Congresswoman Bella Abzug infamously had issues with trusting CIA when it came to their handling evidence of illegal and improper Agency activities. Internal memos shows those fears were well-founded - while the Congresswoman fought to prevent the destruction of records of CIA wrongdoing, the Agency rushed to begin destroying everything they could.
A decade after Congresswoman Abzug had struggled with CIA Director George Bush over the destruction of evidence of CIA wrongdoing, the Agency’s Office of the Inspector General ignored the moratorium on destruction of relevant materials and destroyed several memos from the Iran-Contra investigation. When this was raised with the Agency’s Acting Director, it was played off as no big deal and the employees were praised for responding “remarkably well” to the investigation.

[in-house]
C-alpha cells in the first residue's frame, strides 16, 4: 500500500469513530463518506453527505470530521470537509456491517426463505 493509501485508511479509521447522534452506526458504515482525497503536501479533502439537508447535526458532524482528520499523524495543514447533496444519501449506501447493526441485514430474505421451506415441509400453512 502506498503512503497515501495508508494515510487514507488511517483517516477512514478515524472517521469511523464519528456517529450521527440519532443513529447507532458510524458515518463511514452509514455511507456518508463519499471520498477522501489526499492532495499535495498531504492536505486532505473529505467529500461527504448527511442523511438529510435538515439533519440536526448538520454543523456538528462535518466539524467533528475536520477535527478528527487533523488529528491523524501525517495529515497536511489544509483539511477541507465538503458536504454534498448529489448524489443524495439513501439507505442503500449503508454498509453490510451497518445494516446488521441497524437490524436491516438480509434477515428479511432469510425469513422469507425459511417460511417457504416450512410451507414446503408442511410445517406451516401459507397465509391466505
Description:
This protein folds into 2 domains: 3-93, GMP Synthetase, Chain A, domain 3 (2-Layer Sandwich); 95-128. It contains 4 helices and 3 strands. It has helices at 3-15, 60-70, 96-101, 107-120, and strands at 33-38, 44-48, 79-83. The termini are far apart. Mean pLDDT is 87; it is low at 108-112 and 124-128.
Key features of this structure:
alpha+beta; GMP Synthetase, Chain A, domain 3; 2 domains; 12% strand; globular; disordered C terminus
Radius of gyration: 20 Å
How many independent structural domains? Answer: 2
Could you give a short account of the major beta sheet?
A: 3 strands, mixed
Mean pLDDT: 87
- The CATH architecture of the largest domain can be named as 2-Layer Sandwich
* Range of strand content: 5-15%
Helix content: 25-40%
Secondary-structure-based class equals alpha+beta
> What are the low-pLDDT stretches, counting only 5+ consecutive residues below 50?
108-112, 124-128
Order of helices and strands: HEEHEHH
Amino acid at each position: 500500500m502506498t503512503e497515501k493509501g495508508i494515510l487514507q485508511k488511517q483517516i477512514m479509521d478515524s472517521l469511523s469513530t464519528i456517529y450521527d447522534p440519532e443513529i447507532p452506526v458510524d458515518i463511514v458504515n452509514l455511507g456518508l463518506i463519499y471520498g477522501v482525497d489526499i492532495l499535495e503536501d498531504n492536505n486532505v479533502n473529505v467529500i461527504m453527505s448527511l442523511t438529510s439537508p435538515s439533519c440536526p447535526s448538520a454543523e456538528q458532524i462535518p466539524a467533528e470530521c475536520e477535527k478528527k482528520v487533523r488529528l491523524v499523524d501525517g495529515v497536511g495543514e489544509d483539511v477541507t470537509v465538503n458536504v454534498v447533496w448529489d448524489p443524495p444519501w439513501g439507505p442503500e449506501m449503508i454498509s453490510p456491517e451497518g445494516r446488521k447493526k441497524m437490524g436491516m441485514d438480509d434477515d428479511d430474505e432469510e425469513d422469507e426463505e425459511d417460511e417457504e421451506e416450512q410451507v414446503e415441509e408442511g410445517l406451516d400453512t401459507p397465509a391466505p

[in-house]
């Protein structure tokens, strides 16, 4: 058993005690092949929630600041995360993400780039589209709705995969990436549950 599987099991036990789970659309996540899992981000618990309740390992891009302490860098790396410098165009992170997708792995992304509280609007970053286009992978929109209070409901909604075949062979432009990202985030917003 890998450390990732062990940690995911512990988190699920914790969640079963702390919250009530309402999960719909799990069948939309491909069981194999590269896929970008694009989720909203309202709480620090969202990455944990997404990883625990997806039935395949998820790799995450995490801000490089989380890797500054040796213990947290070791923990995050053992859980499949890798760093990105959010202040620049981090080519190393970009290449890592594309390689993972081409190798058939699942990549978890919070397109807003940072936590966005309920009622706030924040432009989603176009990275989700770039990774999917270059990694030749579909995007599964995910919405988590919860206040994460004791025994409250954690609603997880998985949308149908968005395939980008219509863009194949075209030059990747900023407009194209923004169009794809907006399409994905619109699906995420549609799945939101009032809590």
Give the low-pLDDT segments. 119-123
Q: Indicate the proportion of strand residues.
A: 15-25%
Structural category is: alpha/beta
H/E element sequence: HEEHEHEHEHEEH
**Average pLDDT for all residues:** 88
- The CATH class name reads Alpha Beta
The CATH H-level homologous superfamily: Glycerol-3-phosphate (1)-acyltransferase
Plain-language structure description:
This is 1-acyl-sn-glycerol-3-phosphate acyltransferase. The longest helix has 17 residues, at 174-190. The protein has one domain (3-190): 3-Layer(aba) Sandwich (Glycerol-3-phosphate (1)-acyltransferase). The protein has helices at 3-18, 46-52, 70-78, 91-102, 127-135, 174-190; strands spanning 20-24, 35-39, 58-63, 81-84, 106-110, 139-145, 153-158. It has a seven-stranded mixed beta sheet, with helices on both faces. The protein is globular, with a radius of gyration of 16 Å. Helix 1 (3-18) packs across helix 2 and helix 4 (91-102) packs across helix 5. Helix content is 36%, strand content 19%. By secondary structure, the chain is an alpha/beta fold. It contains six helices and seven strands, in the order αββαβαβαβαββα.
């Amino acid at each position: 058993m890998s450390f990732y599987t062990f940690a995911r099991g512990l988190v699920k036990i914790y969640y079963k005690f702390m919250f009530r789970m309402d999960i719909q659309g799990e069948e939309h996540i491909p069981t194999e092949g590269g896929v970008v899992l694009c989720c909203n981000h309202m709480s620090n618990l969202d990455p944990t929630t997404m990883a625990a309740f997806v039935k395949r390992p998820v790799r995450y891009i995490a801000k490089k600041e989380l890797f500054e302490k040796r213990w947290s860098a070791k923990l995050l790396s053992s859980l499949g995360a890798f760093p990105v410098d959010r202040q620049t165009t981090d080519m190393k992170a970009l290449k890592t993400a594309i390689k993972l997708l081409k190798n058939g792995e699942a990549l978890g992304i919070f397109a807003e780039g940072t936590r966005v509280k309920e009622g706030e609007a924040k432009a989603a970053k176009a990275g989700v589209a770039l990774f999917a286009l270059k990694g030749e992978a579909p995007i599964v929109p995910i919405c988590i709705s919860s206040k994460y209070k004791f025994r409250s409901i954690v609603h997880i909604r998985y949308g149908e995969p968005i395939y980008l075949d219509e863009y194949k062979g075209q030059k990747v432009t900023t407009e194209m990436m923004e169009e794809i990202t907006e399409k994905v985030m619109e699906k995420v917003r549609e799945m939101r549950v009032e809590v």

During his Presidency, Jimmy Carter made a number of moves to nudge the federal government towards environmental friendly practices. One of these was a request that all executive agencies and departments begin recycling paper in accordance with EPA guidelines. For the CIA, and presumably other intelligence agencies, this posed some unexpected problems - as well as a valuable opportunity.
As CIA Director, George Bush waffled on promise to not destroy records of Agency’s illegal activities
Declassified records recently unearthed in CREST show the CIA waffled on a promise to obey the law in not destroying records of Agency’s illegal activities and wrongdoing.